"Plus, now that gamers have grown up since the 90s, they can appreciate games on a deeper level than before," Mandelin continues. "It used to be that being bloody and gory and violent was what was important for games, you know? But now that gamers can connect with games on a deeper level, EarthBound and other games full of creativity are being rediscovered and passed around by word of mouth. I actually think that's what's also been sparking the rise of indie game stuff lately - people just discovering, 'Look at all this stuff we can do with games!'"

In hearing someone talk about EarthBound as Mandelin does, its clear that games like it don't come along very often. EarthBound is something special, its continued reverence can't simply be chalked up to nostalgia or rarity. Its achieved something special for many people, our own Scott Thompson included, "I think what makes EarthBound so unique is its defiance of genre trope, which is still noticeable today, even almost 20 years later. Though the core gameplay isn't too far off from that of Dragon Quest, it is the setting that defines EarthBound's legacy. You have this weird, satirical recreation of American life through the lens of a Japanese developer. Weapons are baseball bats, yo-yos, frying pans, toy guns, and more. Teddy bears can be brought along to soak up damage. Baseball caps and ribbons are equipped as armor. It is beautifully convicted to its theme. And the humor! Beatles references, breaking the fourth wall, a Blues Brothers tribute, and more! EarthBound is a love letter to Americana; a quirky and lovable spin on one of gaming's oldest genres that is still without rival today. If you haven't played it,  you are sincerely missing out on one of the best games ever."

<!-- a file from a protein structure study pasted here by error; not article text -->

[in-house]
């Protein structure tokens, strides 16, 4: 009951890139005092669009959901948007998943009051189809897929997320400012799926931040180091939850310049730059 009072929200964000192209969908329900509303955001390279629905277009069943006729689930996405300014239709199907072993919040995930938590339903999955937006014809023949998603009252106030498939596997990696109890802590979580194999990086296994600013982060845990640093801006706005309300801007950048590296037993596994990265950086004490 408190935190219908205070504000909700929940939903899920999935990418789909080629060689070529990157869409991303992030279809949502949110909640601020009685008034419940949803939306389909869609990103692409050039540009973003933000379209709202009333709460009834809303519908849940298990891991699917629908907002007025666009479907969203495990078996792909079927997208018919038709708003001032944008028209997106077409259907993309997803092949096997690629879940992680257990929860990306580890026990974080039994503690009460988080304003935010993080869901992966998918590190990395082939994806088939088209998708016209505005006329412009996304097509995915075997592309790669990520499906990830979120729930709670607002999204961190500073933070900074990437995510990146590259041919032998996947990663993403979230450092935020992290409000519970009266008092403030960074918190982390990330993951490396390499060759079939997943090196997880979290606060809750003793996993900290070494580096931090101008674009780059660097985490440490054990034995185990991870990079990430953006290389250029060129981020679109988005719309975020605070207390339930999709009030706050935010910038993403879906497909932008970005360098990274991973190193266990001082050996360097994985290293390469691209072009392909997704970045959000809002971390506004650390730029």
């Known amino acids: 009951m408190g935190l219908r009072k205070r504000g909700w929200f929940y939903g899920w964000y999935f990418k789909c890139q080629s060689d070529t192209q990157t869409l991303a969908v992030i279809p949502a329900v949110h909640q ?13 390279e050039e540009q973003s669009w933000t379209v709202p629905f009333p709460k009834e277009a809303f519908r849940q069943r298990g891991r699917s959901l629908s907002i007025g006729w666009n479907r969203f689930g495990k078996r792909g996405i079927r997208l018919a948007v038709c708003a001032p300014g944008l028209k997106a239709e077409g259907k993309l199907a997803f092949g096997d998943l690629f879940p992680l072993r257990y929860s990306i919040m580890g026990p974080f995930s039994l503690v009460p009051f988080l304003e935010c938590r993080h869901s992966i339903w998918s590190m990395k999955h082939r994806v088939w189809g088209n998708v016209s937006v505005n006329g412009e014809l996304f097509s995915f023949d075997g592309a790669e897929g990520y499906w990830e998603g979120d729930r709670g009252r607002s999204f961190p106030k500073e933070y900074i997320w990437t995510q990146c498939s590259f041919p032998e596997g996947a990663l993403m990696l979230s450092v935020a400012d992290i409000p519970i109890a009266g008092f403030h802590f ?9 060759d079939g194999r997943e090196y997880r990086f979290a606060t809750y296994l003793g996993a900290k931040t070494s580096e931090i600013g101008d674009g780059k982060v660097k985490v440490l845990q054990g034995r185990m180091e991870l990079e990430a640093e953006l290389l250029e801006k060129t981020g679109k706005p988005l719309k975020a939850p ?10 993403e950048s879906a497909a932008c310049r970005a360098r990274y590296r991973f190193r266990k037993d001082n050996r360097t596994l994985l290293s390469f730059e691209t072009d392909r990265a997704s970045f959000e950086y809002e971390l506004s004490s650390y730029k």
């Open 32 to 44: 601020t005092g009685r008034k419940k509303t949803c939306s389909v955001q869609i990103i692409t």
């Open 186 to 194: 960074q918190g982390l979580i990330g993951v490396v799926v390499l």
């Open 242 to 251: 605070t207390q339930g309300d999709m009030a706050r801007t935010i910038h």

If you haven't had the chance to play EarthBound, hopefully we've pushed you over onto our side of the fence. Nintendo has failed to release and reintroduce many games throughout its history, but EarthBound stands out for good reason. Luckily, you won't have to wait much longer thanks to Nintendo's announcement of a digital release on the Wii U Virtual Console. Then you can impart your adoration of the game to your children, and your children's children, and the EarthBound legacy will live on.

Offline GrabMyBoomstick

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Re: EarthBound & Down: Why This Quirky JRPG Is Still Important
« Reply #1 on: April 17, 2013, 08:26:05 PM »
So glad this is FINALLY coming to the VC. Earthbound has always been one of those "Holy Grail" games that I have heard so many good things about over the years, without ever having seen or played it for myself.

Offline AwesomeUnicorn

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Re: EarthBound & Down: Why This Quirky JRPG Is Still Important
« Reply #2 on: April 17, 2013, 08:34:13 PM »
Absolutely agreed!  This is a game that helped shape me through my formative years. It probably doesn't stand out from the crowd as much these days, thanks to the prevalence of indie games with similar quirky, modern atmospheres (that feel like they owe much directly to this game), but it still feels like the best made of all the copycats. Also, I still have my Earthbound pogs, and they are amazing.

Offline Sarail

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Re: EarthBound & Down: Why This Quirky JRPG Is Still Important
« Reply #3 on: April 17, 2013, 09:19:26 PM »
My strategy guide still stinks!
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Offline tylerohlew

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Re: EarthBound & Down: Why This Quirky JRPG Is Still Important